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Special needs teenage girl with her motherWhen it comes to setting aside money for someone with special needs, there are a few important considerations to keep in mind. For instance, how do you provide for everyday needs and living expenses while also maintaining eligibility for public benefits programs, such as Medicaid? The answer often lies in special needs trusts, which allow a disabled person to protect and retain certain assets while also remaining eligible for public assistance. One such trust is called a pooled special needs trust. Here’s a look at what this type of financial account does and why.

financial advisor can help you to make sure your special needs beneficiary is properly cared for.

What Is a Pooled Special Needs Trust?

A pooled special needs trust, or PSNT, is a type of financial arrangement in which a disabled person’s assets are held by a trusted organization on their behalf. These assets can be utilized by the beneficiary as needed, to pay for things like shelter, food and more.

The benefit of a special needs trust is that these assets are not counted against the beneficiary for the purposes of public assistance. This means that the individual can still qualify for Supplemental Security Income (SSI) benefits, Medicaid and other critical programs, even if they are using funds from that trust for personal needs or living expenses.

While typical special needs trusts can be costly and confusing to establish, a pooled special needs trust is a bit simpler. For example, PSNTs are typically managed by non-profit organizations, rather than being managed by an individual. A PSNT account can be created and funded by the disabled individual themself. A parent or grandparent, another guardian or even a court can also establish a sub-account.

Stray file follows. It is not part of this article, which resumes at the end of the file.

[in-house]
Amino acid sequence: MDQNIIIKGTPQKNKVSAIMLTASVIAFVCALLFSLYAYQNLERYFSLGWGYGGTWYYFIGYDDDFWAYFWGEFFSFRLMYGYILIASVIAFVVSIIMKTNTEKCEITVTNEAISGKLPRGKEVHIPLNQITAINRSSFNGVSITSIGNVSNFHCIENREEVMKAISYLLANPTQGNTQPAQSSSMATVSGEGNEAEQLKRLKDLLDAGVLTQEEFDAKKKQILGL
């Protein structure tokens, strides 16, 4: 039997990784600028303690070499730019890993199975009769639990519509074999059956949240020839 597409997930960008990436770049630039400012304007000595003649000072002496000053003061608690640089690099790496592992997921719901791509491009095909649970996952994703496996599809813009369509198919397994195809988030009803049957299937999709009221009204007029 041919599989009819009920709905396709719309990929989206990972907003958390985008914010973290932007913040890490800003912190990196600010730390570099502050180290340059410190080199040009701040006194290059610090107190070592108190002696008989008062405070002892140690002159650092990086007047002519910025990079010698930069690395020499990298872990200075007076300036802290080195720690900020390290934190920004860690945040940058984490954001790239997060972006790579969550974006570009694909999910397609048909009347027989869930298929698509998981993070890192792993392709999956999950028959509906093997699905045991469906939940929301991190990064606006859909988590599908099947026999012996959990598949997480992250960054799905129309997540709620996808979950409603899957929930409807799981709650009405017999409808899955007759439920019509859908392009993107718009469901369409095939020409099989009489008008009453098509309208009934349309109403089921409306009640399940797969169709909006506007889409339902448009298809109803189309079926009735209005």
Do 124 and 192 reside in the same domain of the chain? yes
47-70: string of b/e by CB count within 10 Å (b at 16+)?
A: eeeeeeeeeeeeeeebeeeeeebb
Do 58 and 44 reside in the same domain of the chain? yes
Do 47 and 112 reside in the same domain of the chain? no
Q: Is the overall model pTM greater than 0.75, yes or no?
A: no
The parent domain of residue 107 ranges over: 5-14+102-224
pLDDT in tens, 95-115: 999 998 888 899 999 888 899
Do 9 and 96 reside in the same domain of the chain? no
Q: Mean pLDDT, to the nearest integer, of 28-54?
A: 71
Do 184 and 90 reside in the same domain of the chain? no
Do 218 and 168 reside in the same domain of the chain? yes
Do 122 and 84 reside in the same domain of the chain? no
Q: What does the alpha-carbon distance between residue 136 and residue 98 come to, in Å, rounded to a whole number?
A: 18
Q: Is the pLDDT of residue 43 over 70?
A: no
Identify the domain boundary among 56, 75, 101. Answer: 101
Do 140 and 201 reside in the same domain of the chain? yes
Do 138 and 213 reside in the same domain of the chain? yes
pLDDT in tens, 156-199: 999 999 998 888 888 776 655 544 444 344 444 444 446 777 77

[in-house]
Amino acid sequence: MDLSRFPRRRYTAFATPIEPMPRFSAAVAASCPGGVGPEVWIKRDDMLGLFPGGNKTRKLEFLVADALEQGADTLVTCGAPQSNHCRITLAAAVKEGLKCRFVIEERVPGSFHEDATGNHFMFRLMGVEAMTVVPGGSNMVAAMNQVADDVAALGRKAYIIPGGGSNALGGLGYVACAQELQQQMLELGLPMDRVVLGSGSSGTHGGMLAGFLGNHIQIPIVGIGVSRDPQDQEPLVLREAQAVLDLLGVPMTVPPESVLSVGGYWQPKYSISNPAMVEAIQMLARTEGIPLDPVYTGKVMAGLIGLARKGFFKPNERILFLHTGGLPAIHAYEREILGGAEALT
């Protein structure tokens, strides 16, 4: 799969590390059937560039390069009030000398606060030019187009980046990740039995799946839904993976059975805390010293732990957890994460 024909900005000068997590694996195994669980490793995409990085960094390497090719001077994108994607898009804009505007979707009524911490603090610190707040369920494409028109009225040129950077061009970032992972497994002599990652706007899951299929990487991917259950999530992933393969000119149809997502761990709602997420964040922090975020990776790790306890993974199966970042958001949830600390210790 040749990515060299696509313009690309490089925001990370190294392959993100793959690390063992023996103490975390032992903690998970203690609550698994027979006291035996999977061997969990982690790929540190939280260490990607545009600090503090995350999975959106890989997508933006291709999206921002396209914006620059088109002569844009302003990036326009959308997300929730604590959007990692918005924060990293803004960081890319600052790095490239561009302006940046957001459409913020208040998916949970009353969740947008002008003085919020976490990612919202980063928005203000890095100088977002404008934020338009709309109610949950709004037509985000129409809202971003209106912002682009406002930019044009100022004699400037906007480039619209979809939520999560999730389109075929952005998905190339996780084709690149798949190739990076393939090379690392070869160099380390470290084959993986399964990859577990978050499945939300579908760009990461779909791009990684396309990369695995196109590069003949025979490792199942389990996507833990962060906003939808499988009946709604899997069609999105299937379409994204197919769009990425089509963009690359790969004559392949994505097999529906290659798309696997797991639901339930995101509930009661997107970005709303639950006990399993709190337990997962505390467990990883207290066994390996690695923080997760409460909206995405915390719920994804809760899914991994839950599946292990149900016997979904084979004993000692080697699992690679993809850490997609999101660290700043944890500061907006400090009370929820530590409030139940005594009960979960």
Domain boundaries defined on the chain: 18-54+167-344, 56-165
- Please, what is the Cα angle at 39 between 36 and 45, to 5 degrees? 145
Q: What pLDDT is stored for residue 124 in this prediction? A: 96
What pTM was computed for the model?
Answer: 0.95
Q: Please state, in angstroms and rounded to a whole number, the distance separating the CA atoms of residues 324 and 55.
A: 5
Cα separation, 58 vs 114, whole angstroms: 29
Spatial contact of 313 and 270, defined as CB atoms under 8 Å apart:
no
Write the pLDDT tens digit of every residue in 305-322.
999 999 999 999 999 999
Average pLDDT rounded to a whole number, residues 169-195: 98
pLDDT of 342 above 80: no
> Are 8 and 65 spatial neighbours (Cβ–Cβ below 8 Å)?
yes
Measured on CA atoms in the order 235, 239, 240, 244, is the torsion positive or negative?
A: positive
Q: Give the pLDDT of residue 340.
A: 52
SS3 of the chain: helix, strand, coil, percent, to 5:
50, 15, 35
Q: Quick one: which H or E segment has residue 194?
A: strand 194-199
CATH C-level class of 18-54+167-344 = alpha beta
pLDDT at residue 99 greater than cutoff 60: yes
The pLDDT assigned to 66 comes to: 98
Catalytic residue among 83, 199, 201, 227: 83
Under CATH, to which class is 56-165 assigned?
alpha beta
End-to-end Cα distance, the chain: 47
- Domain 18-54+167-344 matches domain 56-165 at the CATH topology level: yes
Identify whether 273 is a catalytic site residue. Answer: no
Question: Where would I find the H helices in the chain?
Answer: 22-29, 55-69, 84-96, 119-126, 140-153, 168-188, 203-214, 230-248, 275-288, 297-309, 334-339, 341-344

How Pooled Special Needs Trusts Work

A blind person

As the name implies, assets held within PSNTs are pooled together into one account. This works similarly to your checking or savings account at your bank: the bank pools all depositors’ funds together, but offers each account holder a separate sub-account with his or her own available funds balance.

The nonprofit organization managing the PSNT holds all beneficiaries’ assets together in one collective account. These funds will then be invested or otherwise managed according to the trust’s terms.

When a beneficiary needs money, they can request a disbursement according to their sub-account’s available balance. These assets can be used for a variety of purposes, including:

  • Living expenses (shelter, food, clothes and utilities)
  • Medical expenses (including health insurance premiums)
  • Educational or vocational expenses
  • Personal needs
  • Entertainment
  • Legal expenses

While there is a lot of flexibility with pooled special needs trust funds, there are some limitations. For instance, disbursements cannot be used to pay down existing debt balances or to cover child support or alimony. The funds also can’t go toward expenses for family or other household members, including shelter costs for others or even family vacation expenses.

Advantages of Pooled Special Needs Trusts

There are many advantages of using a pooled special needs trust to manage the assets of someone with a disability.

  • They can be more affordable. A PSNT is already established and managed by a nonprofit organization. This means that you won’t be creating an entirely new financial vehicle. As a result, they are simpler and less costly to establish, fund and manage than first-party special needs trusts.